MINNEAPOLIS – In 2007, the Milwaukee Bucks used the sixth pick in the NBA Draft to select Yi Jianlian, a 20-year-old Chinese center.
They did so after Yi’s agent had warned them not to, after they had been told that Milwaukee did not have a large enough Asian-American population to satisfy the young star. But they picked him regardless because they thought he was just that: a star.
After tedious contract negotiations through the summer, the Bucks signed Yi on Aug. 29, 2007. They got their phenom.
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Or so they believed.
If you’re a casual NBA fan, you’ve probably never heard of Yi Jianlian. Think back, and there was a Chinese player on the Mavericks’ roster this year, one who scored 10 points total in two games against the Minnesota Timberwolves. That was Yi, in the midst of a season in which he bounced between the NBA and the Mavericks’ D-League affiliate in Frisco, Texas. Yi has become a player on the fringe of the NBA, never the star Milwaukee gambled he would be.
And so, we forget.
There was nothing that stuck in his story, no miserable failure or incredible success. Yi, like all international players, was a gamble, and he failed in the worst way. He is and was mediocre, passable, forgettable.
For every Yi Jianlian, there’s a Mouhamed Sene, a Darko Milicic and a Nikoloz Tskitishvili. Each was one of a top-10 picks in his respective draft, and each has failed on some level. We know many of their names for nothing more than the spectacular disappointment of it all.
We like those stories, though, in a twisted way. We remember the stories, if not the names, at least.
Then there are the Pau Gasols, the Yao Mings and Nenes and Danilo Gallinaris. They are the stars from abroad, the international players whose once-complicated names now roll off our tongues like household words. They’re exciting and eccentric, some physical freaks, others proof that a genius general manager recognized something special.
We like those stories, too.
And then there’s the story of all stories, the opposite of Yi Jianlian’s. Then, there is Ricky Rubio. Nearly three years after he was drafted, on the one-year anniversary of his June 17, 2011 signing by the Timberwolves, we can see that so clearly. Even as he’s confined to gravity-reducing workout machines and re-learning exercises that were once second-nature, he’s still the most riveting athlete in Minneapolis. He’s the kind of athlete-turned-celebrity whose presence at a Twins game is enough to set Twitter on fire and spark an in-depth analysis of his jersey choice (Justin Morneau). He has made a city fall in love.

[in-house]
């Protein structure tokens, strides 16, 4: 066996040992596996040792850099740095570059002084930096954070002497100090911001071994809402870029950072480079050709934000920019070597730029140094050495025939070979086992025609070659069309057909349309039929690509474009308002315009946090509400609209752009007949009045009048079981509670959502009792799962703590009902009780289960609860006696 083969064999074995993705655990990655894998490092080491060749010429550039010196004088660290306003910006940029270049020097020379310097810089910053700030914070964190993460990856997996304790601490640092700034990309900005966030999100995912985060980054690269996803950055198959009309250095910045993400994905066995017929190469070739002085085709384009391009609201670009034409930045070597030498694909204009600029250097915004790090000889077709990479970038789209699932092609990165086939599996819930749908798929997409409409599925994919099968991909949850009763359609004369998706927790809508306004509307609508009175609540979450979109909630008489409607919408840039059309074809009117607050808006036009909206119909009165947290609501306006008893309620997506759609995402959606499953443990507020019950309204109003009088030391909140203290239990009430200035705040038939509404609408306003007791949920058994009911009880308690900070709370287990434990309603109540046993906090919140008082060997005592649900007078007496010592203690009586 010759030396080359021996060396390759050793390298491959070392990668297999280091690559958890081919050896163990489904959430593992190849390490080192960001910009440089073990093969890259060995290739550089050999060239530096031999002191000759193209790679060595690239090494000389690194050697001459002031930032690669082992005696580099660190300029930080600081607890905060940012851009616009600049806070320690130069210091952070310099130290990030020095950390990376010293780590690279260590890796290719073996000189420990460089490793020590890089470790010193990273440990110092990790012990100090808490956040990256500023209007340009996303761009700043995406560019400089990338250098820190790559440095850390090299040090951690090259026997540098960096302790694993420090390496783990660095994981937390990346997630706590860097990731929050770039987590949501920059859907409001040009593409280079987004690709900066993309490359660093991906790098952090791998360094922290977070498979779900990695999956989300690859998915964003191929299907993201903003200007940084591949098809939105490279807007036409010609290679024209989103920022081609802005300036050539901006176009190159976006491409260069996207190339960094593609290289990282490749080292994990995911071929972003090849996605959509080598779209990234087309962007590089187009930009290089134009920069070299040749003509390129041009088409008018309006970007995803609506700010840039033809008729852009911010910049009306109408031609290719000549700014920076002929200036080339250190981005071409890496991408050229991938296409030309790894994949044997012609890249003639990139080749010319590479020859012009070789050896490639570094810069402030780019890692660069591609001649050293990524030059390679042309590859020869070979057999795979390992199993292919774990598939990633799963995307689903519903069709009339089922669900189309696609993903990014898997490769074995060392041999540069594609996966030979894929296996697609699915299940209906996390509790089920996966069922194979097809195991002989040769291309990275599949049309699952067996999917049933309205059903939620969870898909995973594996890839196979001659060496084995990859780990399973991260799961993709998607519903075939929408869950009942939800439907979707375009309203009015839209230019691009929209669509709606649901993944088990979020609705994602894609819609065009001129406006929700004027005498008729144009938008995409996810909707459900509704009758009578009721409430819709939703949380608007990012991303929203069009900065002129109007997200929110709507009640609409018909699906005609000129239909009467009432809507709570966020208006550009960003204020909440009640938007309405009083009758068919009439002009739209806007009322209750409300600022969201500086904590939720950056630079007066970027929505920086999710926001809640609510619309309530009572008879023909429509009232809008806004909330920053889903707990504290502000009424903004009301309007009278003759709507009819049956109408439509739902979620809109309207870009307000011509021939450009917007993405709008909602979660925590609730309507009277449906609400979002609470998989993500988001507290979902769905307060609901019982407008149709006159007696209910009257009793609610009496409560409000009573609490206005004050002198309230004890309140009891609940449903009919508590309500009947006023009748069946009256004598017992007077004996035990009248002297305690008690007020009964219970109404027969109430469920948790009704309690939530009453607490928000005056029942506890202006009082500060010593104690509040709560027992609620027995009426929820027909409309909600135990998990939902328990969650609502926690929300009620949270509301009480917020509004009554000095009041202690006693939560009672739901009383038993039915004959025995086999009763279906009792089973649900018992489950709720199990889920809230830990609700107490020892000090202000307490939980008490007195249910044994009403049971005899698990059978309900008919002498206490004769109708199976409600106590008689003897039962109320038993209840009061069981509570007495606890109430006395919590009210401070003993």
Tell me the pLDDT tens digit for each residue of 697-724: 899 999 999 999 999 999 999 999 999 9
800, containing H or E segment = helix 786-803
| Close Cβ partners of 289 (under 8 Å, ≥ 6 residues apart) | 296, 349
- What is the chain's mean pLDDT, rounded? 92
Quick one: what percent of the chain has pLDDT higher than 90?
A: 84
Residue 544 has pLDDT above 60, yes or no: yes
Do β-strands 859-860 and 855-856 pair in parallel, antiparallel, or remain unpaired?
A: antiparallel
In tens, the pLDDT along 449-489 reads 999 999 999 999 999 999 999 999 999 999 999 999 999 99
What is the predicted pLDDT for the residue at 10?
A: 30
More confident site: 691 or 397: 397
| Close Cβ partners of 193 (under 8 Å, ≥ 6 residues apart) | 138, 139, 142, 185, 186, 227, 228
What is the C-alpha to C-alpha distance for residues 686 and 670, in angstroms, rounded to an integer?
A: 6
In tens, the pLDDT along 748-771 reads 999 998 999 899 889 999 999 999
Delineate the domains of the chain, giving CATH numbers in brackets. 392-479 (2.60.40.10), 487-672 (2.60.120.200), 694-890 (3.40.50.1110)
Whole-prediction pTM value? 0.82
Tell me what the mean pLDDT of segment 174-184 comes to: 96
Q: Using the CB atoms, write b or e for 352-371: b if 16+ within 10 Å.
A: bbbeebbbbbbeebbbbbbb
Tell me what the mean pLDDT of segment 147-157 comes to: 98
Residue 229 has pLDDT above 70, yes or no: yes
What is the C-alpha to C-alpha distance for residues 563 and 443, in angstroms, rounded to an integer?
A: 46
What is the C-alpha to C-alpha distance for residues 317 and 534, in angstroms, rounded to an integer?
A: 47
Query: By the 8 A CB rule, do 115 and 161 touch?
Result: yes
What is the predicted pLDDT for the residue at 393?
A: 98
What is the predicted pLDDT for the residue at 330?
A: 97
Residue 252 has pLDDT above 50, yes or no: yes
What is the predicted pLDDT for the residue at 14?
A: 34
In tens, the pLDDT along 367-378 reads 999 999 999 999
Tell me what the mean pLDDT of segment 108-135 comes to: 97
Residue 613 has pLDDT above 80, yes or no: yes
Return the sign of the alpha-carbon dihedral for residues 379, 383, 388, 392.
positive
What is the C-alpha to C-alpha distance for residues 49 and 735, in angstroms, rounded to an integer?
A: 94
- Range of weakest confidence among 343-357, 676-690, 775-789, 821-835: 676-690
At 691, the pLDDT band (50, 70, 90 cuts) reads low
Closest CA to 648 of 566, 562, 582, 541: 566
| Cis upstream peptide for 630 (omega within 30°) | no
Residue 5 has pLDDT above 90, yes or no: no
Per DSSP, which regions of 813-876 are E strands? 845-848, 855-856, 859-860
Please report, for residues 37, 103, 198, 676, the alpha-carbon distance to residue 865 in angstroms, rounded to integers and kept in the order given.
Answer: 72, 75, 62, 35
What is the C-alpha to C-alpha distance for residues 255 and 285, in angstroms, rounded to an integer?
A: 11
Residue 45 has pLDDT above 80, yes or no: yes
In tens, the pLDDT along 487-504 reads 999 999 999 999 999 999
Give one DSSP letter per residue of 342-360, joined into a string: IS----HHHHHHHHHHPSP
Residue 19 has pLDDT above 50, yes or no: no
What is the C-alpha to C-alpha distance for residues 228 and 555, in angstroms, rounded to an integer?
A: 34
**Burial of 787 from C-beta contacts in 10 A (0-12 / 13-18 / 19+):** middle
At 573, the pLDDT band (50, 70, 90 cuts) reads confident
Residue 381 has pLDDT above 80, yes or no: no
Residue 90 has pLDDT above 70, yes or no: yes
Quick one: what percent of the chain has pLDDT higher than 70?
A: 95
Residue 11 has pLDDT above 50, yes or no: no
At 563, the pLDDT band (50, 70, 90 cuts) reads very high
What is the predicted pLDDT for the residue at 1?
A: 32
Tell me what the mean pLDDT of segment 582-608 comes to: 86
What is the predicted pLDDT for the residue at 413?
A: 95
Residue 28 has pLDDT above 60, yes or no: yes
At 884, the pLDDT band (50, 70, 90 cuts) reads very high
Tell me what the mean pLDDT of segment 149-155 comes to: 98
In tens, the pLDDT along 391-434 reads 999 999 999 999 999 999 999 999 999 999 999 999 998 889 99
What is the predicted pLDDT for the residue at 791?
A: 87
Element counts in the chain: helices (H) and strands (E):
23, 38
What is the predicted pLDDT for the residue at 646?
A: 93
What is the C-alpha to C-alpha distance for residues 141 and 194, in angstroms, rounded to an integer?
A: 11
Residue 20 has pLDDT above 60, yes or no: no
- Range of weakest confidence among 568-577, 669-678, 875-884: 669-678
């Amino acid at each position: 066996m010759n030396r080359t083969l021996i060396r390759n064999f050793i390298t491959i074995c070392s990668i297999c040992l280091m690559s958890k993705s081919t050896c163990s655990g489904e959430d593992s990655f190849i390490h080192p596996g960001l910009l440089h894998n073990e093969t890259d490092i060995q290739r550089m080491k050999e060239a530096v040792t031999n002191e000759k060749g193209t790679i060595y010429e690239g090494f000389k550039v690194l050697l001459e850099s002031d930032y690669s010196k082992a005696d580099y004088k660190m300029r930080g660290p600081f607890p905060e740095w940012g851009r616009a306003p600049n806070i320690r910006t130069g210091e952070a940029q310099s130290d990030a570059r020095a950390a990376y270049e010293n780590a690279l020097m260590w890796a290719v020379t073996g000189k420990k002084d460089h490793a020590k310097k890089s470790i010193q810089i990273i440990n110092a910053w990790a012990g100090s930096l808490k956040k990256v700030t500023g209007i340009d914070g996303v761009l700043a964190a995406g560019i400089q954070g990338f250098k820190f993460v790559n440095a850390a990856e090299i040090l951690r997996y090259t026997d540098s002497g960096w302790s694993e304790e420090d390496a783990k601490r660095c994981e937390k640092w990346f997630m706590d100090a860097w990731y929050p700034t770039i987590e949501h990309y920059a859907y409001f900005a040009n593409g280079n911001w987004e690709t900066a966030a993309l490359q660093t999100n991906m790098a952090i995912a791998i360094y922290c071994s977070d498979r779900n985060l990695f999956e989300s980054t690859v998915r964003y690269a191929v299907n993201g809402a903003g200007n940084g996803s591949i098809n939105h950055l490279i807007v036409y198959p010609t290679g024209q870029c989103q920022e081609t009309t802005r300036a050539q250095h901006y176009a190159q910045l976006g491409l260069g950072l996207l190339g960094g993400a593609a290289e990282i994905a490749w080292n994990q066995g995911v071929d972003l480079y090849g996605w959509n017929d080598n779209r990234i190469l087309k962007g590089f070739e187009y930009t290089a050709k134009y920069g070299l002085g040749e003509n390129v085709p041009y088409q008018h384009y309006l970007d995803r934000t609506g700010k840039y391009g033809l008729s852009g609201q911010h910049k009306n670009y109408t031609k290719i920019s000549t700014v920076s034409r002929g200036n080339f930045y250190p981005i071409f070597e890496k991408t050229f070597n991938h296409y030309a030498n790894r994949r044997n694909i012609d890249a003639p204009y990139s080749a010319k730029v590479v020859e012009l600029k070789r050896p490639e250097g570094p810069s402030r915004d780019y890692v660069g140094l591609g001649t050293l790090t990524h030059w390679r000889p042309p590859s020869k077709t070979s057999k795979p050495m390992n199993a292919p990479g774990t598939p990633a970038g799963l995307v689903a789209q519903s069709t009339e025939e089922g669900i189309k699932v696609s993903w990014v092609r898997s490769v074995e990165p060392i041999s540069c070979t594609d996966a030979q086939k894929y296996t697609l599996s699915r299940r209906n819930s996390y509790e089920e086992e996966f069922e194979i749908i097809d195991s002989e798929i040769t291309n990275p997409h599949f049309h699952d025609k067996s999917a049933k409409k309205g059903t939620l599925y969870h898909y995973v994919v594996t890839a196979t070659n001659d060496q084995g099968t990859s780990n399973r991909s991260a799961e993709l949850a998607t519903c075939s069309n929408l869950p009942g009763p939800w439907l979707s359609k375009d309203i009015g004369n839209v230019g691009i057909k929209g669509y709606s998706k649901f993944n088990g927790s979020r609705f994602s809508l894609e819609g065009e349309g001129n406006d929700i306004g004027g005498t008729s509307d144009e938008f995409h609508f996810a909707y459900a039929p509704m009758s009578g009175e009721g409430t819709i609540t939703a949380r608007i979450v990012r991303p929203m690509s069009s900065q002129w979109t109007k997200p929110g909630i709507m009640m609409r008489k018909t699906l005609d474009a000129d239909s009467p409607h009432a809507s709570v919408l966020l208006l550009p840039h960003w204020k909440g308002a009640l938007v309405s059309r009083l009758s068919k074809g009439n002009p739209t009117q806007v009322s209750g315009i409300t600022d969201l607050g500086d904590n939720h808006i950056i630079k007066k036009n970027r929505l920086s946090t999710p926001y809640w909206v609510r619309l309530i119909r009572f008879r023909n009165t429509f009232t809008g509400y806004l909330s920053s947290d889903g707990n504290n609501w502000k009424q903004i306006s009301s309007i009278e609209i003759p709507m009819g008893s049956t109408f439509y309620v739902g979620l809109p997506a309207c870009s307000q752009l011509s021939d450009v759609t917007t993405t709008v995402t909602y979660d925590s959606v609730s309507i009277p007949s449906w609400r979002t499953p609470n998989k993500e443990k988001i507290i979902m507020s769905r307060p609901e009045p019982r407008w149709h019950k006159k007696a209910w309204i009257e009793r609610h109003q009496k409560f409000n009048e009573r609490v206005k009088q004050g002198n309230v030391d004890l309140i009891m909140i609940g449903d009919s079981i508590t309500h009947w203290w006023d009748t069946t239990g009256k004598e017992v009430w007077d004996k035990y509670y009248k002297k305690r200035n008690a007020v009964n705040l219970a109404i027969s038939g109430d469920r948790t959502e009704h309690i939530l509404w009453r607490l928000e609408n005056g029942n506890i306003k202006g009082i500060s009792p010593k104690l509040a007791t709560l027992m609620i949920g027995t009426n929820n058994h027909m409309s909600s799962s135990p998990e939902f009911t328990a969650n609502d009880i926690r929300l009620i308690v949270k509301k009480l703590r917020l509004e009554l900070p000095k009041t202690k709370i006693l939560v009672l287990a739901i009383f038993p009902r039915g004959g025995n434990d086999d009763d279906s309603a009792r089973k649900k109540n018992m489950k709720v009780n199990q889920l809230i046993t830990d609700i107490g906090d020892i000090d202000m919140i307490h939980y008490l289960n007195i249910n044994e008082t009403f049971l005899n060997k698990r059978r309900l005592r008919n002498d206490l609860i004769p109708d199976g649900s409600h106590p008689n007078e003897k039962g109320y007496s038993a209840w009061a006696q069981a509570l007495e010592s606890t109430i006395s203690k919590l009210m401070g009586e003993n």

There is no better kind of story.
But Rubio wouldn’t be the phenomenon he is if it weren’t for every minute of the saga it took to get him to Minneapolis. All of it matters, from the initial claims that he didn’t want to be here to the two-year delay in signing. His poor play during his final year in Spain figures in, too, along with his bashful, childlike persona while still in Europe.
This wouldn’t be nearly as interesting if it weren’t for the downsides, for the finger-pointing and calling for team president David Kahn’s head. Rubio wasn’t an NBA-caliber player, nothing more than a burned-out child star. He would never come here, not to this outpost in the blurry, forgotten part of America between New York and Los Angeles. It was a story of poor judgment and failure, a chance for fans to stick it to the man — in this case, Kahn.
And then, out of nowhere, Rubio signed. He signed, and he was already Sene or Jianlian. He signed, and he had to be mediocre because, really, let’s not get our hopes up. Yet there were still applause and posters and a Timberwolves marketing campaign focused almost entirely on the 21-year-old rookie.
Fans cheered for him to prove them right. They cheered for him to prove them wrong. They cheered for him to be the star or the epic failure, so ready to call out the organization for its failures while quietly wondering how much playoff tickets might cost.
One Rookie of the Year runner-up recognition later, and we all know where Rubio stands. We saw it all, the beautiful, between-the-legs passes and alley-oops. We saw the unexpected scoring (10.6 points per game) and the defense that the world swore he wasn’t capable of. We saw his smiling face on the scoreboard video screen, heard his lilting accent and made him the face of a team. We winced as he tore his ACL and rejoiced when he rejoined the team with his crutches on the bench for its final games.
Rubio is a gamble gone right. Rubio is a hand of poker where your opponent is bluffing all the way through — for two years, in this case — convincing you that you’ve bet all wrong before you collect your chips, and his. It was a necessary gamble for the Timberwolves in 2009, a team that won 24 games the season before it drafted Rubio. It needed some kind of jump start, something drastic, and a Spanish teenager wasn’t the worst hand to bet on.
The gamble isn’t over, not for a long time. There’s still an ACL tear to recover from and a playoff bid to win, the chance to capitalize on two months of promise and turn them into a winning season. There are still so many uncertainties, so many things that could go wrong.
But no matter what, we can all agree: Kahn gambled right.